You may have missed it, but it's been raining in Northwest Alaska this past week. A lot. Some areas have received a third of their annual rainfall in a few days, rivers levels are setting records, and rainfall is set to continue through the weekend. And all the wet weather has saturated the tundra and spilled into rivers, leading to worries about widespread flooding.
Heavy rain is perhaps more manageable than heavy snowfall -- like that which crippled the Prince William Sound community of Cordova for several days this past winter. But rain comes with its own challenges. Despite that, residents and workers in the region sounded mostly unconcerned on Friday morning after a week of steady rainfall.
But the worst may be yet to come.
According to Ed Plumb, a hydrologist with the National Weather Service forecast office in Fairbanks, the continued heavy rain has saturated the soft, mossy tundra, meaning the rain now has nowhere to go but toward the ocean.
"The tundra can act a bit like a sponge," Plumb said. "Eventually, the sponge gets saturated and the water starts running into rivers and streams."
And that rain is expected to continue until Monday, increasing the threat of the tundra reaching its breaking point and seeing overflow spilling into those rivers and streams. Plumb alternately refers to the weather pattern hovering over the Bering and Chukchi seas as a "freight train of weather systems just kind of hanging over that area," and "a conveyor belt of moisture feeding into Northwestern Alaska."
It's already started to impact some rivers. One, the Wulik River, which runs from the Delong Mountains at the west end of the Brooks Range to the community of Kivalina on the Chukchi Sea, has seen a rise in river levels unlike anything recorded before.
According to the National Weather Service's river gauge on the Wulik, the river height spiked to 15.3 feet on Thursday, the highest level ever recorded, topping the previous record by more than 3 feet. The gauge was installed in 1985.
Also draining out near Kivalina is that village's namesake river. Kivalina itself is located on a barrier island, with the Chukchi Sea on one side and a lagoon on the other. When the lagoon, fed by the Wulik and Kivalina rivers, can't empty into the sea fast enough, flooding may follow.
That's what happened on Friday, when water came up and reached some houses foundations, as seen in this graphic from the National Weather Service.
Residents of the community of about 400 didn't sound too concerned when reached by Alaska Dispatch on Friday morning, though. One resident had heard that there had been some water approaching houses, but wasn't aware that the rain was expected to continue through the weekend. Another said that she had heard that the water in the lagoon was on the rise, but hadn't been to see it herself.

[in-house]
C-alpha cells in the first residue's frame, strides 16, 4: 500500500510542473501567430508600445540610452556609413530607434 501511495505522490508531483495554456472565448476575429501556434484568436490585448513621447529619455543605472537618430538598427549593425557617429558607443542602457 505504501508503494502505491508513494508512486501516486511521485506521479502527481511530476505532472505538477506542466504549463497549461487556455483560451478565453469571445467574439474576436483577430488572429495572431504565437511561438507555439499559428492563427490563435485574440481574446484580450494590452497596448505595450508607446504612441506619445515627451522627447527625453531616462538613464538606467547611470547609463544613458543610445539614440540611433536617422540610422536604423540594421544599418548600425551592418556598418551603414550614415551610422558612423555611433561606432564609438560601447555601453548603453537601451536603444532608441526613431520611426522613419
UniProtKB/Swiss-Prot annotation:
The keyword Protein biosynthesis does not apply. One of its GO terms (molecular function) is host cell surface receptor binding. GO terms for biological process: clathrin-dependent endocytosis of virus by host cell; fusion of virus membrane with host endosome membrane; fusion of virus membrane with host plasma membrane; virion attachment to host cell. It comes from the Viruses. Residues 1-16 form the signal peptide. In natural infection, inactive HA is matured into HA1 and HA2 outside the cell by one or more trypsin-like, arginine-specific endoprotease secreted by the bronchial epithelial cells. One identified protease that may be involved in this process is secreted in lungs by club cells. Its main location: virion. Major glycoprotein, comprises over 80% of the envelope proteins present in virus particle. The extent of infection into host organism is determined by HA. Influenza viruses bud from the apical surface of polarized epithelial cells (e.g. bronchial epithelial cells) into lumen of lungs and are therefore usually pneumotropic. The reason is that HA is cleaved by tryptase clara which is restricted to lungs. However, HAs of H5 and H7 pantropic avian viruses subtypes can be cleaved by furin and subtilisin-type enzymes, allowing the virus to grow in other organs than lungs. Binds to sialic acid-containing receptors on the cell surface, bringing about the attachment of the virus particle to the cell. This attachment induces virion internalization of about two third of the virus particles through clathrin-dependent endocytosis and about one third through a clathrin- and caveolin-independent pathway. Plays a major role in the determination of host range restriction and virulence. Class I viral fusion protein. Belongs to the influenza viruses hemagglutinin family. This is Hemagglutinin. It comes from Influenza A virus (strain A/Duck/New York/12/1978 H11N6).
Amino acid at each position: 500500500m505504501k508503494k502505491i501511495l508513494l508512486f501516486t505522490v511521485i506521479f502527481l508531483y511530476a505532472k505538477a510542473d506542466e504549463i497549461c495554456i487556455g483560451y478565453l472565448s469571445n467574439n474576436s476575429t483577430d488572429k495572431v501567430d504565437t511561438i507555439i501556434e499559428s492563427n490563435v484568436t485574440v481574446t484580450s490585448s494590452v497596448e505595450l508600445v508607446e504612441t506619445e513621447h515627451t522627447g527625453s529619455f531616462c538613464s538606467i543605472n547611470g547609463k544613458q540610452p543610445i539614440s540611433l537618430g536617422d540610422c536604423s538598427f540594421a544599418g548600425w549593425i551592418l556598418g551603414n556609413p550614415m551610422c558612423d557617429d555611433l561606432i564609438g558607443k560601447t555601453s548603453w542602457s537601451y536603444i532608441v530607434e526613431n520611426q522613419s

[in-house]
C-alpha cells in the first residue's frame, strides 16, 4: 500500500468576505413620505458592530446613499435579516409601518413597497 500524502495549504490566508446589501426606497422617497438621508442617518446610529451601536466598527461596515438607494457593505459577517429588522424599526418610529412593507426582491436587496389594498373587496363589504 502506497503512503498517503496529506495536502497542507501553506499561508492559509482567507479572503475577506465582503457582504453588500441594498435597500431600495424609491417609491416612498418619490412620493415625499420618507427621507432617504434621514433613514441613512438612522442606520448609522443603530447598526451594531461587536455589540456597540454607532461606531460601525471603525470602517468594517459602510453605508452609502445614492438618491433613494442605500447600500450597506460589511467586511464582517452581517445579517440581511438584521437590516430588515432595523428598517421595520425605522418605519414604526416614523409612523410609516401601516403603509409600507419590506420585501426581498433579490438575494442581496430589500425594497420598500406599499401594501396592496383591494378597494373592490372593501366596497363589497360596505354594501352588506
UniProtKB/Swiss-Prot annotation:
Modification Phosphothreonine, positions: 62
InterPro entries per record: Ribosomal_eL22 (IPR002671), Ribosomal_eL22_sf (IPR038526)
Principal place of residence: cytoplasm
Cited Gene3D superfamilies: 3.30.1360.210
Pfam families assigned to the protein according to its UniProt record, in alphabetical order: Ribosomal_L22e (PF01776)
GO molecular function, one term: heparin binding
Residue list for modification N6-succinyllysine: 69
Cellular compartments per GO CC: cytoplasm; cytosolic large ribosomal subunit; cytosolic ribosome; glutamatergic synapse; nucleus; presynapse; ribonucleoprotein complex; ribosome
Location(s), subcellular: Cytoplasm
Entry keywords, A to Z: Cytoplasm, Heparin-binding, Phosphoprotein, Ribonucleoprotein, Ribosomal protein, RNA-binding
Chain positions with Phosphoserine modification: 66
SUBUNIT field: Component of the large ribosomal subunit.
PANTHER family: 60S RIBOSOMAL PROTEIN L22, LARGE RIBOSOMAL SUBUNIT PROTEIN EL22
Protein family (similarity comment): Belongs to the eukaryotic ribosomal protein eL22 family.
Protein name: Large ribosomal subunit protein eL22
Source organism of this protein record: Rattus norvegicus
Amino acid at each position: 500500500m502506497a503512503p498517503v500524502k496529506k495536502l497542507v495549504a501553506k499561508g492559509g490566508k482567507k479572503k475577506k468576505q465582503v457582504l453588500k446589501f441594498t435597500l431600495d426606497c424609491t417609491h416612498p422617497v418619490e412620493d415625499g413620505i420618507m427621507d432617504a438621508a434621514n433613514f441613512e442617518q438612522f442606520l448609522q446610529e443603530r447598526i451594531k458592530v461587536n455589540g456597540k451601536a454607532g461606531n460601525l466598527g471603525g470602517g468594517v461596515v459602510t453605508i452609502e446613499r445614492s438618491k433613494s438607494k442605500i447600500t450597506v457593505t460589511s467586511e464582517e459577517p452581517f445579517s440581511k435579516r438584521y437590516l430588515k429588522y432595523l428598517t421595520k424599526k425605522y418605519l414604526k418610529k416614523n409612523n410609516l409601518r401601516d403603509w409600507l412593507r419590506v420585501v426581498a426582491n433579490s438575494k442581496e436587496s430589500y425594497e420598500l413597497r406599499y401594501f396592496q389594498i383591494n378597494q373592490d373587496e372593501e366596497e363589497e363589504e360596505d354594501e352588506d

Elsewhere in the region, Noatak, which sits near the Noatak River about 50 miles east of Kivalina, was also watching the water levels rise. That community of about 550 people sits above the river, according to Carol Wesley, president of the Noatak Search and Rescue Team.
"We're fortunately up on high ground, and the river has a high bank," Wesley said. "Boat owners are moving their boats closer to town in case it rises more, but that's about it."
Wesley said that she didn't think the river would spill over its banks, and she'd never seen that happen in a lifetime of living in the community. Even the village's gravel roads were in good shape, she said.
"A few puddles here and there, but not way out of the ordinary," she said. More people were (more) upset about the rain interrupting the berry-picking season than the threat of flooding.
"I've heard a lot of people say too much rain," Wesley said. "Rain, rain, rain. It's been like a week since some people went out picking."
An extraordinary event
Back in Fairbanks, hydrologist Ed Plumb said that they were continuing to monitor the potential flooding in the area. It's been unusually dry in Fairbanks so far this August, which stands in stark contrast to the events in the Northwest. The Interior city is so far experiencing it's third-driest August in the last 40 years.
He said that the levels of rainfall in the Northwest had been relatively normal so far this summer, which makes the recent drenching stand out even more.
"This is an extraordinary event, having this much rainfall over such a short period of time," Plumb said. "It's actually kind of ironic, because the Wulik River had record low flows for periods this summer, and we just went up to the complete opposite end of the scale."
Much of the region averages only 15-20 inches of rain annually, Plumb said. In the last four days, Red Dog Mine, a zinc and lead mine located in the foothills of the Brooks Range, has seen more than six inches -- about a third of its annual rainfall.
That made the Red Dog work site sloppy and muddy, but otherwise it was business as usual, according to Wayne Hal, the mine's manager of community and public relations.
"The mine is operating normally, though it does affect our operation in some minimal ways," Hall said Friday. Perhaps the most significant issue, he said, has been the inability for planes to arrive at or depart from the site due to the bad weather. Normally, employees work two-week or four-week shifts and fly out on Wednesdays for time off. Unfortunately, that hasn't happened.
"It just causes frustration for somebody when they're looking to get home to their families," Hall said.
There's an end in sight to the perpetual downpour, though the region will still have to suffer through a weekend filled with rain. Plumb said that the rainfall should ease up Monday, but another wet weather system could move through the area as early as Wednesday of next week.
In the meantime, locals and authorities will continue to watch the water rise and hope for the best.
Contact Ben Anderson at ben(at)alaskadispatch.com